It’s impossible to run in glass slippers.
I don’t mean difficult—I mean flat-on-your-face impossible. In fact, flat on my face is exactly how I ended up when I attempted it. One heel dislodged, my toe was still trapped, and there I was, sprawled on the marble steps, the bounty of layers from my dress thankfully breaking my fall.
The palace guards were on me in the blink of an eye. Surely someone trying so hard to get away had a nefarious reason for it, and they wanted to stop it.
That was how it happened that after an hour and a half of dancing with me—and by dancing I mean all but carrying me as he twirled; it’s impossible to dance in glass slippers also—the prince abruptly met my true self, strong-armed by two men the size of trees.
He had run after me, and while I tried my best to squirm out of the guards’ grip, the bell finished tolling the hour, and it was no use. My prince watched as my flamboyant, silken dress shrank to thin muslin tatters, my diadem and curls transforming to limp hair tied with cloth, and my remaining shoe melted off of me, leaving me barefoot as I was used to being. The guards’ held loosened in astonishment, but tightened like vices as I struggled to break free of them.
“What kind of witchery is this?” The prince’s voice was rich and golden.
“No witchery, your highness,” I said, my eyes dropping now that he could see how unfit I was to meet his gaze. “Only fairy kindness, granting a poor child’s wish.”
“You wished to come to the ball?” I could hear the smile in his voice. It did sound like a child’s wish after all.
“I wished to escape my life of drudgery for a few meager hours,” I said, my eyes starting to burn from the bruises that were doubtlessly forming on my arms.
“Your fairy kindness could have gotten you killed if it had been any other ball,” he mused, and the guards on either side of me straightened ever so slightly. “It is high treason to impersonate a nobleman. Lucky for you that it was an open-invitational ball.” The guards seemed to sag.
“Release her, gentlemen—you won’t run, will you, my rag-girl? No one will harm you.”
“Cinde—“ I started to say softly, but I stopped myself, and cleared my throat. “Ella.” The name sounded almost foreign to my ears, not having heard it spoken aloud in a lifetime. I wasn’t about to take on another nickname, even at the hands of the prince of the realm. “My name is Ella.”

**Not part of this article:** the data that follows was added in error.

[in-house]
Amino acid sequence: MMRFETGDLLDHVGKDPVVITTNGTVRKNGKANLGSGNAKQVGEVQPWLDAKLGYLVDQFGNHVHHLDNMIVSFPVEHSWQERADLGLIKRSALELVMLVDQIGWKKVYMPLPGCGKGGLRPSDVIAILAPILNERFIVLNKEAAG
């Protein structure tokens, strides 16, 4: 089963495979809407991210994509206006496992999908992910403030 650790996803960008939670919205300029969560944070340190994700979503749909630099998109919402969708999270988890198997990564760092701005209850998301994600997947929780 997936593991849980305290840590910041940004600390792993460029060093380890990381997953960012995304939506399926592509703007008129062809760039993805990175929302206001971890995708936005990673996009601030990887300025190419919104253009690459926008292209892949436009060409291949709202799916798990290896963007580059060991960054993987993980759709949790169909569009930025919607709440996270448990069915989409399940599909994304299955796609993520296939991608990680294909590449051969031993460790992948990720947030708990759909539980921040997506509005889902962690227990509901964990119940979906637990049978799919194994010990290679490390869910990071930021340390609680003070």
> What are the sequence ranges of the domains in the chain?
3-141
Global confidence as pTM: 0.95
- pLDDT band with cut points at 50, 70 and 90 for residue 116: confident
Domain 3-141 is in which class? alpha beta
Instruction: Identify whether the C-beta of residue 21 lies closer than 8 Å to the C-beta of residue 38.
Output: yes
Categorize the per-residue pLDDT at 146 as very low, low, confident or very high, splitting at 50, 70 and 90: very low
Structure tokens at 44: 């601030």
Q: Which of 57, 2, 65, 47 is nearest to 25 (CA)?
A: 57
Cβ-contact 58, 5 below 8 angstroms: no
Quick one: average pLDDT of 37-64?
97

“Well then. No one will harm you, Ella.”
The guards reluctantly loosened their grip, then released me altogether, and I gave a soft gasp of pain, now that the pressure was gone. “You must allow me to return home.”
The prince sniffed. “I ‘must’ do no such thing.”
It took all my will not to lift my eyes and glare at him. “If I am not where I should be by morning, my stepmother will turn me out, and I will lose what little I have left of the life I once knew with my father. Of any way of life at all. Food and warmth. Shelter. It is three hours’ walk, highness.”
I looked at the long road, looking dark and eternal in the moonlight, disappearing into a vast forest with countless dangers. Doubtless my horse and carriage were as substantial as my glass slippers, now.
“And what if you were not to return at all?”
I made an impatient sound. Moments ago, I had been having a lovely dream. Now, I knew that I was awake, but the dream would not end. “Then she will give me up entirely, to good riddance.”
“Then perhaps that route is best.”
My head reared up of its own accord. “Best? And where should I go? How should I live? I am all that is left of my father’s line, my stepmother is the only family that I have.”
“And what, may I ask, is your father’s line?” the prince asked, with more interest than I would have expected, brightening his dark eyes. My cheeks burned as I realized I had been facing him all this time, and I lowered my head again.
“Farthinghaven,” I said softly, a flash of my father’s coat-of-arms running through my memory, its colors bright and bold.
“Farthinghaven?” the prince asked, confused. “But then you are noble blood.”
The heat on my face rose from embarrassment to shame. “Yes, your highness, but as I told you, my stepmother—“
“Has no right to your father’s property, possessions or position, now that he is gone. Not when he has a blood heir.”
The color drained from my face, and I stared at the prince in wonder. It couldn’t be possible. But then, this whole night shouldn’t have been possible.
“You have been long-believed dead, Lady Ella of Farthinghaven.” He reached a white-gloved hand out to me, and hesitantly, I put my little, coarse fingers into his. “Please, if you would be so kind, I beg you to stay the night here at the palace. The week. The month, if you like. At least until I have devised and set forth a punishment worthy of what your stepmother has taken from you, and have arranged to remove her from your household.”
“I didn’t know what to say.” Say? I didn’t know how to move, or think or breathe.
His hand tightened around mine. Once again he was the prince, and I was the woman he had danced the night with. “I will take no answer but yes, my Lady.”
I sighed, a sigh ending years of sighing, longing. My heart felt as light as the moon above. “Then I have no other answer to give, my prince.”